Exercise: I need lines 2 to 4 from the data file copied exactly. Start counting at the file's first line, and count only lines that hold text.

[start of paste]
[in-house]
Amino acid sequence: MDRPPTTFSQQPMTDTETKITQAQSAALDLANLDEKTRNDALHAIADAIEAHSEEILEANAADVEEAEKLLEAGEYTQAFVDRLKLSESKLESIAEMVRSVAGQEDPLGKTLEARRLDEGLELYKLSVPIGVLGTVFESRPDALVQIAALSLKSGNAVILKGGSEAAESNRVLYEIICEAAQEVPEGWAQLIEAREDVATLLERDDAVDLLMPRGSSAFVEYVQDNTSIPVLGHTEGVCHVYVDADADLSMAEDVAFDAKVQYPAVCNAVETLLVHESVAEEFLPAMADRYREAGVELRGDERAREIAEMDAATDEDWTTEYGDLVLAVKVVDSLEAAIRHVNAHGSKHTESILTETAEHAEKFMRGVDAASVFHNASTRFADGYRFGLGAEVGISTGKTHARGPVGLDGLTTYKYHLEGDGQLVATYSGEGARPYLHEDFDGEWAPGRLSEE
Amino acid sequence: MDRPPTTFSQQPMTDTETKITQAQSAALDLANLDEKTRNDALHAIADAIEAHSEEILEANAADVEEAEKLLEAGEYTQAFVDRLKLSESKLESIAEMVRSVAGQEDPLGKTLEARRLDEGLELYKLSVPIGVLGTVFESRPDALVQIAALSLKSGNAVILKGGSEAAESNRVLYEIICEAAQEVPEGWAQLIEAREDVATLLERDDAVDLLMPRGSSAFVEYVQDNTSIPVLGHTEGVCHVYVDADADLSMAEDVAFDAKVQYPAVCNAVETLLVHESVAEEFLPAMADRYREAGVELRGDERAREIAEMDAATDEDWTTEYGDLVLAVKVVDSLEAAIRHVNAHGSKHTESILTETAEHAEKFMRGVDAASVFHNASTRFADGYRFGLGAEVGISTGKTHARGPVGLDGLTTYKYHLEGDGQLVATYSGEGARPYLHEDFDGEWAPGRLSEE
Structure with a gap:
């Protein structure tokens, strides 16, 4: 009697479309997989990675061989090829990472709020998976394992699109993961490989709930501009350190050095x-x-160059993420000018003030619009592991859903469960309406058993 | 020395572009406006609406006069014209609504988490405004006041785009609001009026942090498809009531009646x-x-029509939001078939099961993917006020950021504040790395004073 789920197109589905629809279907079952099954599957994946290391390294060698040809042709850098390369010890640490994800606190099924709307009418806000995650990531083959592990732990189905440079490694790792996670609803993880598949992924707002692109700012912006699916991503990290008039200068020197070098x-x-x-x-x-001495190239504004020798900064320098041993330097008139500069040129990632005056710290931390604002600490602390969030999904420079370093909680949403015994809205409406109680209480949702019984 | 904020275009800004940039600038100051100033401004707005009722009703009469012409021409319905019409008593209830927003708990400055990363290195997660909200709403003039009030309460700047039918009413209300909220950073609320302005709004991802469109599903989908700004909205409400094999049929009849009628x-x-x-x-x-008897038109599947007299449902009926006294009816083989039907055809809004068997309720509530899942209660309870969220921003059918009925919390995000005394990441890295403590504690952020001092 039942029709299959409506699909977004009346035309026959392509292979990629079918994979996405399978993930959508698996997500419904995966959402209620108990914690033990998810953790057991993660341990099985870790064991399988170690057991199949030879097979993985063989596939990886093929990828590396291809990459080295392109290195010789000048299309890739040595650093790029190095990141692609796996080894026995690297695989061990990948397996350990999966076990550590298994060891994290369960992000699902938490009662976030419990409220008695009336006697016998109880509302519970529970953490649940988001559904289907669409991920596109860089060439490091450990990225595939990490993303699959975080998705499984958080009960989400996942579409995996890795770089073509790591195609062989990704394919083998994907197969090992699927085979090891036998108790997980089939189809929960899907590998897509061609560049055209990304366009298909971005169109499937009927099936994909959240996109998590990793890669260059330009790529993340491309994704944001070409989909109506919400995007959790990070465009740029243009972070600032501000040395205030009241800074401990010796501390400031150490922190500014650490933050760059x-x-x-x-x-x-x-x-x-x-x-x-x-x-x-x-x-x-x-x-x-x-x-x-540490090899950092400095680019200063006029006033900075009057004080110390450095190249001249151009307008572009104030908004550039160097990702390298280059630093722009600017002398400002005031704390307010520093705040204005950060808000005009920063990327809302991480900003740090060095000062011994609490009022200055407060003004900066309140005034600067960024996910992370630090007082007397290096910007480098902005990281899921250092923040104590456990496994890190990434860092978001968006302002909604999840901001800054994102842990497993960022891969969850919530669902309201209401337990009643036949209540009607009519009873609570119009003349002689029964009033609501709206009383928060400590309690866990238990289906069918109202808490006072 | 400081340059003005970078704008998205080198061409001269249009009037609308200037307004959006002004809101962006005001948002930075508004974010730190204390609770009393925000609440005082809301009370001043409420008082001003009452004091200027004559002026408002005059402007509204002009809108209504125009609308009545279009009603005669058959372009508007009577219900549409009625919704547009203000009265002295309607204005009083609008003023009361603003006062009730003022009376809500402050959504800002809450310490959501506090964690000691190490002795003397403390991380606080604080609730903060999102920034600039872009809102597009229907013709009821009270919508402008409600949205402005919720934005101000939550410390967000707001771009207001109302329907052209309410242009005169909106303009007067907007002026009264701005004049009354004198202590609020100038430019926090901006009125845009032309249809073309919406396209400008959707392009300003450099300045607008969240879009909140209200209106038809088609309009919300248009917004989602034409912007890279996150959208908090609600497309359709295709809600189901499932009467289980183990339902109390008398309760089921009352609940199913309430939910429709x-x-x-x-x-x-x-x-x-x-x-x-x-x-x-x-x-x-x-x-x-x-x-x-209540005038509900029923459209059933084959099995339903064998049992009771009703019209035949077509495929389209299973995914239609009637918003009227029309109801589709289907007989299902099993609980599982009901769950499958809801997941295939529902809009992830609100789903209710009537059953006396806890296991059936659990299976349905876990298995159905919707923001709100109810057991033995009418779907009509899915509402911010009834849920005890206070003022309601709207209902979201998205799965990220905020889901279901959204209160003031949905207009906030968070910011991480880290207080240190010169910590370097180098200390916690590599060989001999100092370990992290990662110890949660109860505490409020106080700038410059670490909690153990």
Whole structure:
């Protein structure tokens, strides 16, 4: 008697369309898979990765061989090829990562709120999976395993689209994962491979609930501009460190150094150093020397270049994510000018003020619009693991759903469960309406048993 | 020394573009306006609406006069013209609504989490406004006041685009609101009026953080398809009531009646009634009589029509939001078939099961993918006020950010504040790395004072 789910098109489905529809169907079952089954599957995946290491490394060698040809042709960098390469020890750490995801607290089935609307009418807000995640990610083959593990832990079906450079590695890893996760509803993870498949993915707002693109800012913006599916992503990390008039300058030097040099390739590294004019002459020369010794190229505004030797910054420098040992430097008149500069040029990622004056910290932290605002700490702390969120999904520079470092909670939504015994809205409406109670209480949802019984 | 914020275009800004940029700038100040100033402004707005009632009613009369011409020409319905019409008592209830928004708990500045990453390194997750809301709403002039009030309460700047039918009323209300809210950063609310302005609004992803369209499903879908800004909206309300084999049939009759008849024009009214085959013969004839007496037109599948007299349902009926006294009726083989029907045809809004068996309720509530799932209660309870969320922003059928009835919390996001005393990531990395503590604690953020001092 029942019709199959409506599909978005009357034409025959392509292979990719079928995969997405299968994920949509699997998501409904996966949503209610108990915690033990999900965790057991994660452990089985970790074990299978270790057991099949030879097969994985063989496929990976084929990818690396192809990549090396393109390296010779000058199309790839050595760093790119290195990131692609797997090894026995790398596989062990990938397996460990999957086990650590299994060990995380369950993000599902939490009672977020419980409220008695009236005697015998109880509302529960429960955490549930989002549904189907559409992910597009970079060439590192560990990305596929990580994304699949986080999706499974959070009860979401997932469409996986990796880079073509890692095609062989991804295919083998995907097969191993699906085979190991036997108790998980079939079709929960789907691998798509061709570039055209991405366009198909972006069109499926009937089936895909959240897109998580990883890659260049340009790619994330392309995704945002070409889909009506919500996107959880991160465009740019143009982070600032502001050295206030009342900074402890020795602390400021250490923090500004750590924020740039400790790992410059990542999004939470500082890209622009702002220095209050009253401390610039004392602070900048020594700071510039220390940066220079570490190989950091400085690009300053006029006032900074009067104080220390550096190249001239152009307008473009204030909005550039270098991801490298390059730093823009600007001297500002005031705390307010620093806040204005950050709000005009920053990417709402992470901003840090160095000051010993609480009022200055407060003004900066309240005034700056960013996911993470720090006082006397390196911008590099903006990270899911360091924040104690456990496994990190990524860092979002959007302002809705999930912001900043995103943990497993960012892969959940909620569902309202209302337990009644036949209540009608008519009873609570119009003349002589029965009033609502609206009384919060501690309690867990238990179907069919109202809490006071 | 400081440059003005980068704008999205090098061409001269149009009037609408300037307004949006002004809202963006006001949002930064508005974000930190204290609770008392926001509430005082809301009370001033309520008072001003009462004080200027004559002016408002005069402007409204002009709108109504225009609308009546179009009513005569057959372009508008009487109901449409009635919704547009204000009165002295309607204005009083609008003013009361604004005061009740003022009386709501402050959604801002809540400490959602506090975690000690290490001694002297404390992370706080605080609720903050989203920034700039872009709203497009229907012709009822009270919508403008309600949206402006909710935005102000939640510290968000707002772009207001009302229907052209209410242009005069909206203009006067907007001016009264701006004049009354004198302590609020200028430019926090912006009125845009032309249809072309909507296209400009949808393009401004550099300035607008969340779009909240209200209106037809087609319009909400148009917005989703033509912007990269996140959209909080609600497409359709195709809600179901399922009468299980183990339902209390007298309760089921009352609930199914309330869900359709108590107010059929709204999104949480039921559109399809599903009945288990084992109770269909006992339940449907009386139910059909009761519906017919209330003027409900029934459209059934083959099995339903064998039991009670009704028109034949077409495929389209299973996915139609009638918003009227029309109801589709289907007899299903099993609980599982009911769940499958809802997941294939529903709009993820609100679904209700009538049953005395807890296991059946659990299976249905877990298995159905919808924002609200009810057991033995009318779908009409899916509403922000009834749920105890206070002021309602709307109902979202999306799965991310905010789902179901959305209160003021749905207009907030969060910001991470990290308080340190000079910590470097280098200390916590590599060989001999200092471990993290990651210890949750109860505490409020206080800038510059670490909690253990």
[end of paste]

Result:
Amino acid sequence: MDRPPTTFSQQPMTDTETKITQAQSAALDLANLDEKTRNDALHAIADAIEAHSEEILEANAADVEEAEKLLEAGEYTQAFVDRLKLSESKLESIAEMVRSVAGQEDPLGKTLEARRLDEGLELYKLSVPIGVLGTVFESRPDALVQIAALSLKSGNAVILKGGSEAAESNRVLYEIICEAAQEVPEGWAQLIEAREDVATLLERDDAVDLLMPRGSSAFVEYVQDNTSIPVLGHTEGVCHVYVDADADLSMAEDVAFDAKVQYPAVCNAVETLLVHESVAEEFLPAMADRYREAGVELRGDERAREIAEMDAATDEDWTTEYGDLVLAVKVVDSLEAAIRHVNAHGSKHTESILTETAEHAEKFMRGVDAASVFHNASTRFADGYRFGLGAEVGISTGKTHARGPVGLDGLTTYKYHLEGDGQLVATYSGEGARPYLHEDFDGEWAPGRLSEE
Amino acid sequence: MDRPPTTFSQQPMTDTETKITQAQSAALDLANLDEKTRNDALHAIADAIEAHSEEILEANAADVEEAEKLLEAGEYTQAFVDRLKLSESKLESIAEMVRSVAGQEDPLGKTLEARRLDEGLELYKLSVPIGVLGTVFESRPDALVQIAALSLKSGNAVILKGGSEAAESNRVLYEIICEAAQEVPEGWAQLIEAREDVATLLERDDAVDLLMPRGSSAFVEYVQDNTSIPVLGHTEGVCHVYVDADADLSMAEDVAFDAKVQYPAVCNAVETLLVHESVAEEFLPAMADRYREAGVELRGDERAREIAEMDAATDEDWTTEYGDLVLAVKVVDSLEAAIRHVNAHGSKHTESILTETAEHAEKFMRGVDAASVFHNASTRFADGYRFGLGAEVGISTGKTHARGPVGLDGLTTYKYHLEGDGQLVATYSGEGARPYLHEDFDGEWAPGRLSEE
Structure with a gap: